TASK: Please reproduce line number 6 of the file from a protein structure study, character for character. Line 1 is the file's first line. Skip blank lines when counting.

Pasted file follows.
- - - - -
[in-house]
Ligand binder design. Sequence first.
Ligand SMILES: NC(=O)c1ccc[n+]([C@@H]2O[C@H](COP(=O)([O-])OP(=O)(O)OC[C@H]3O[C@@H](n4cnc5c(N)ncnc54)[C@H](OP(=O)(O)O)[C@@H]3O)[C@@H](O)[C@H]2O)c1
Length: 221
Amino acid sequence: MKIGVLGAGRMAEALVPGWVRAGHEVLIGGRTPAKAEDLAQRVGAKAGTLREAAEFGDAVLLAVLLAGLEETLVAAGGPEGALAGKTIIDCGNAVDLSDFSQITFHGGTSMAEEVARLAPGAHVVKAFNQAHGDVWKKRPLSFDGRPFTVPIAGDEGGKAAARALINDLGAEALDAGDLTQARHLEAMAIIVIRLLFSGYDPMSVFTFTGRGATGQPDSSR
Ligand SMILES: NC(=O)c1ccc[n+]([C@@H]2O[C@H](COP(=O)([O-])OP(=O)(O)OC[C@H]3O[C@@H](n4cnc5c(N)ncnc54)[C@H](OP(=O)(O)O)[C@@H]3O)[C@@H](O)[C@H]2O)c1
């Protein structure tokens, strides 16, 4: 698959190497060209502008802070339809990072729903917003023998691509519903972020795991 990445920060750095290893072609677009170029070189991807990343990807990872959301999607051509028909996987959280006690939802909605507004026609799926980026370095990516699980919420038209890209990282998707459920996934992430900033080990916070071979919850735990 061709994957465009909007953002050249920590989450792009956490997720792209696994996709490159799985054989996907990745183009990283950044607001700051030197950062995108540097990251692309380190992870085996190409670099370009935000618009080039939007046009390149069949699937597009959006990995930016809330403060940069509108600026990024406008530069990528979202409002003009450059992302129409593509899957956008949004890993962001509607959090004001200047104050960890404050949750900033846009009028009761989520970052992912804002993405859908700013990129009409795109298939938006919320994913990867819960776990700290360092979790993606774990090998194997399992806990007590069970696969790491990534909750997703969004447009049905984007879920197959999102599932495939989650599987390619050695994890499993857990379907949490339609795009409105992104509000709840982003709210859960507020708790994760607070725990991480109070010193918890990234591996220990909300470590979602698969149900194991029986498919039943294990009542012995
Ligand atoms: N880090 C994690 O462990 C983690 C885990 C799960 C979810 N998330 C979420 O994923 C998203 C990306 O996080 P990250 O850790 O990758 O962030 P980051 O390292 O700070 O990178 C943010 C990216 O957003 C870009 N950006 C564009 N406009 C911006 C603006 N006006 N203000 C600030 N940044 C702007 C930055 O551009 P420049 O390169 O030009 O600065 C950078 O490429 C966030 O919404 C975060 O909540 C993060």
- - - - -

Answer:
Ligand SMILES: NC(=O)c1ccc[n+]([C@@H]2O[C@H](COP(=O)([O-])OP(=O)(O)OC[C@H]3O[C@@H](n4cnc5c(N)ncnc54)[C@H](OP(=O)(O)O)[C@@H]3O)[C@@H](O)[C@H]2O)c1